My experience with co-advising is that it most tends to emerge from some combination of the following circumstances:
- The student's project has some sort of interdisciplinary nature, such that the "primary" advisor does not have the ability to entirely supervise the student on their own at a technical level.
- The advisors have a very close collaboration already, such that it is natural that a student working for one is de facto working for both.
- The "co-advisor" is effectively the primary advisor, but cannot technically be so for various reasons, such as not being a primary investigator or being at a different institution (academic or otherwise).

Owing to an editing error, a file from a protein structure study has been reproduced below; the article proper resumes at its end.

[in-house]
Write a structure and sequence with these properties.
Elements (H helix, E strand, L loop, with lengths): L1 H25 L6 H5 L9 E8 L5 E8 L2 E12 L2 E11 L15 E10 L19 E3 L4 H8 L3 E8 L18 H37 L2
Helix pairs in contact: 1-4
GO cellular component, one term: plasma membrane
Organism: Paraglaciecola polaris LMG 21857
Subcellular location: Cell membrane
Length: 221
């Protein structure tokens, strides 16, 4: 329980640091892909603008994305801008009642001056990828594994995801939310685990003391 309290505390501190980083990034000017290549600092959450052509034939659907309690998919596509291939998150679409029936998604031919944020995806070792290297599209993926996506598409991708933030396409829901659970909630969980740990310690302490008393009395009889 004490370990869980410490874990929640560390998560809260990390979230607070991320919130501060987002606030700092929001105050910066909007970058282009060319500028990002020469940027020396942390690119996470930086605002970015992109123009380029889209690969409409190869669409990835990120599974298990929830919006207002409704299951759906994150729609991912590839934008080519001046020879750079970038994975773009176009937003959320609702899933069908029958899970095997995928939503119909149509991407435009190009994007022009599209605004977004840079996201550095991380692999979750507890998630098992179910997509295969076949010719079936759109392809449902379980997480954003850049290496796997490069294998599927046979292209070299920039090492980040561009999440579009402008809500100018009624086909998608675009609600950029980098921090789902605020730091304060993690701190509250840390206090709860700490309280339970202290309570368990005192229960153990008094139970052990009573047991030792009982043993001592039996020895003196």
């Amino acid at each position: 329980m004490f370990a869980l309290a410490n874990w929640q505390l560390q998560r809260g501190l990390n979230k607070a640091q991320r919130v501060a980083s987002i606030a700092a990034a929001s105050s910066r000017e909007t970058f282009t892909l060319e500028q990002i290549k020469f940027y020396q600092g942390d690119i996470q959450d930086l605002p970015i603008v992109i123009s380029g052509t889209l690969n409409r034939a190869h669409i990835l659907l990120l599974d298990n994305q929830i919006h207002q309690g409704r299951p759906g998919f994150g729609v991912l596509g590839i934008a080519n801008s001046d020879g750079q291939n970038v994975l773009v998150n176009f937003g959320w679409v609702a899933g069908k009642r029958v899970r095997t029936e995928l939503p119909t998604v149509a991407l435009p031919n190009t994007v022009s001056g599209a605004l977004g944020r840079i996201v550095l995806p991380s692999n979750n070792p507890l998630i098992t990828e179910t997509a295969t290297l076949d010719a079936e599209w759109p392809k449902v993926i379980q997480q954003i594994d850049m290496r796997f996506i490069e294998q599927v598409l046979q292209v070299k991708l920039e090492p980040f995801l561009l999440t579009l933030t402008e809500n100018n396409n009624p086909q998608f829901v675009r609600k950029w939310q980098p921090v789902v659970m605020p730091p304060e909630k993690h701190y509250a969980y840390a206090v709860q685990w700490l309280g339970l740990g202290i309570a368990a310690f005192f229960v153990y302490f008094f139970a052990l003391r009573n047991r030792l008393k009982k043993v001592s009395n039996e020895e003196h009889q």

Any or all of these may pertain at once. In essentially all cases that I have been familiar with, however, the supervision is of a single project, not of different projects for different advisors.
Funding most typically comes from the primary advisor (who usually would not have taken on the student without having the ability to fund them), but individual circumstances can lead to any number of other arrangements.